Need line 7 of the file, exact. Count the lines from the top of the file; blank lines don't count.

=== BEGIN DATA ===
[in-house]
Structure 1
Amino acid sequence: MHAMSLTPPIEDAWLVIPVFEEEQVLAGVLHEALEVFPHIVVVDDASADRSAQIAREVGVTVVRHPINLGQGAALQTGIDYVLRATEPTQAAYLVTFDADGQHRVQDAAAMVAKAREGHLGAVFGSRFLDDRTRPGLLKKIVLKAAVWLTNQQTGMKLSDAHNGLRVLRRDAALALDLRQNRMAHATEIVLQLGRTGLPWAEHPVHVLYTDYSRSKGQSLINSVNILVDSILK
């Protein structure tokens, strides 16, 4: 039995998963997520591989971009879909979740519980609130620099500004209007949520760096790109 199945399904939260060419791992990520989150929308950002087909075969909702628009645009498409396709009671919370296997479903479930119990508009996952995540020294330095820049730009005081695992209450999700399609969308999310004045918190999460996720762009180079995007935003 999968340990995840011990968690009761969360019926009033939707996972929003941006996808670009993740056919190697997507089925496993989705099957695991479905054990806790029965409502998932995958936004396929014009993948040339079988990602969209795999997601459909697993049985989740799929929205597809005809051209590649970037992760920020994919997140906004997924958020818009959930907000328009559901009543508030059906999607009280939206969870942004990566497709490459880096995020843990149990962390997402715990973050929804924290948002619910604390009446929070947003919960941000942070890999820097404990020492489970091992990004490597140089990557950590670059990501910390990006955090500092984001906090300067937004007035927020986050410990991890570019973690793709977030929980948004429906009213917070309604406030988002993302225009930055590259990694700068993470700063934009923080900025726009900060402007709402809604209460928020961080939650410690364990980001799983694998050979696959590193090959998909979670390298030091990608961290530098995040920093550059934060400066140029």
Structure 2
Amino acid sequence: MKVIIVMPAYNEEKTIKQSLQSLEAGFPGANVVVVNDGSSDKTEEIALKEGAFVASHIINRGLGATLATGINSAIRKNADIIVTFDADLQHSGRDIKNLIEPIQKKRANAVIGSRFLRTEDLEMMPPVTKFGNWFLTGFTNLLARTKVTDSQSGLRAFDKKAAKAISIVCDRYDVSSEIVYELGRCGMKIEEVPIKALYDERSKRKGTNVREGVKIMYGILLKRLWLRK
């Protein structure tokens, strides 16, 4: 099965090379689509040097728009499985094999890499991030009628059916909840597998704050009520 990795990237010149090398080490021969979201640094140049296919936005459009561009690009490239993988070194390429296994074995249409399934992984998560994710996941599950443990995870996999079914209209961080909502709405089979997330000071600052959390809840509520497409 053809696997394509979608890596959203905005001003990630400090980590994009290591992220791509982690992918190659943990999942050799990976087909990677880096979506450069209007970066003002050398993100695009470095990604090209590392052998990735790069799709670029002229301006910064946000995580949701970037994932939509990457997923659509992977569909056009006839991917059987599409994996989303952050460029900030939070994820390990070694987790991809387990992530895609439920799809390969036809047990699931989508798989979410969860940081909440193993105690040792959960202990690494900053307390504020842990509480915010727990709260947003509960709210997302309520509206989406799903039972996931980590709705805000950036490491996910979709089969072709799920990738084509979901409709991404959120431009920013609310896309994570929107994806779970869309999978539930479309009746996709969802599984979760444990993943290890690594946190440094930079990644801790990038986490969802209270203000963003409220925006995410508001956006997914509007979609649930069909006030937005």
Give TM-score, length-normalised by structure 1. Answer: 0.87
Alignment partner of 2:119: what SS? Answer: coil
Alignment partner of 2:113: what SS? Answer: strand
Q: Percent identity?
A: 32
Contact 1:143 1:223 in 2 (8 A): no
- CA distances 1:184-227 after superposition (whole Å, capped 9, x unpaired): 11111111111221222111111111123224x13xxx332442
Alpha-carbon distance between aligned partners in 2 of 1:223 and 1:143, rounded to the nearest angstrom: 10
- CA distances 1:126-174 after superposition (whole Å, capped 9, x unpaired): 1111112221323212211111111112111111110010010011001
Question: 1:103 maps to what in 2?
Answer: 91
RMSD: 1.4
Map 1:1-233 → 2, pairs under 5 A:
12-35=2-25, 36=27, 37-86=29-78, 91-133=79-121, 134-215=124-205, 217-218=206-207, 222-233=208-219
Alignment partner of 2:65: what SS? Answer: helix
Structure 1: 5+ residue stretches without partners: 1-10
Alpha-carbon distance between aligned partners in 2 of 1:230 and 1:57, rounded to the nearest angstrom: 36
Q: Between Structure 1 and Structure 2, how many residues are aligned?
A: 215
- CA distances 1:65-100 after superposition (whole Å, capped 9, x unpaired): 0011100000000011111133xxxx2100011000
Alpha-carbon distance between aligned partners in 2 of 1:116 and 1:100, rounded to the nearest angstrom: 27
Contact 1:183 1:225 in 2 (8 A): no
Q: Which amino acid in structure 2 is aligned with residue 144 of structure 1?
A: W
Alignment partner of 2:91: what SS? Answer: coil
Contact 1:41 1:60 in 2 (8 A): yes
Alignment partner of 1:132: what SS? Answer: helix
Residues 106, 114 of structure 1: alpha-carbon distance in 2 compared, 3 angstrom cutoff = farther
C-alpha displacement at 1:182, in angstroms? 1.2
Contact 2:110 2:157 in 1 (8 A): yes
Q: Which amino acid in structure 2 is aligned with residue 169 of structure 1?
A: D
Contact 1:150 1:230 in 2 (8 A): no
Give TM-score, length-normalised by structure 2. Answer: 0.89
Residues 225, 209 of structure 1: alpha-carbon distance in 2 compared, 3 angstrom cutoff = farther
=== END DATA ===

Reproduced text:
């Protein structure tokens, strides 16, 4: 099965090379689509040097728009499985094999890499991030009628059916909840597998704050009520 990795990237010149090398080490021969979201640094140049296919936005459009561009690009490239993988070194390429296994074995249409399934992984998560994710996941599950443990995870996999079914209209961080909502709405089979997330000071600052959390809840509520497409 053809696997394509979608890596959203905005001003990630400090980590994009290591992220791509982690992918190659943990999942050799990976087909990677880096979506450069209007970066003002050398993100695009470095990604090209590392052998990735790069799709670029002229301006910064946000995580949701970037994932939509990457997923659509992977569909056009006839991917059987599409994996989303952050460029900030939070994820390990070694987790991809387990992530895609439920799809390969036809047990699931989508798989979410969860940081909440193993105690040792959960202990690494900053307390504020842990509480915010727990709260947003509960709210997302309520509206989406799903039972996931980590709705805000950036490491996910979709089969072709799920990738084509979901409709991404959120431009920013609310896309994570929107994806779970869309999978539930479309009746996709969802599984979760444990993943290890690594946190440094930079990644801790990038986490969802209270203000963003409220925006995410508001956006997914509007979609649930069909006030937005």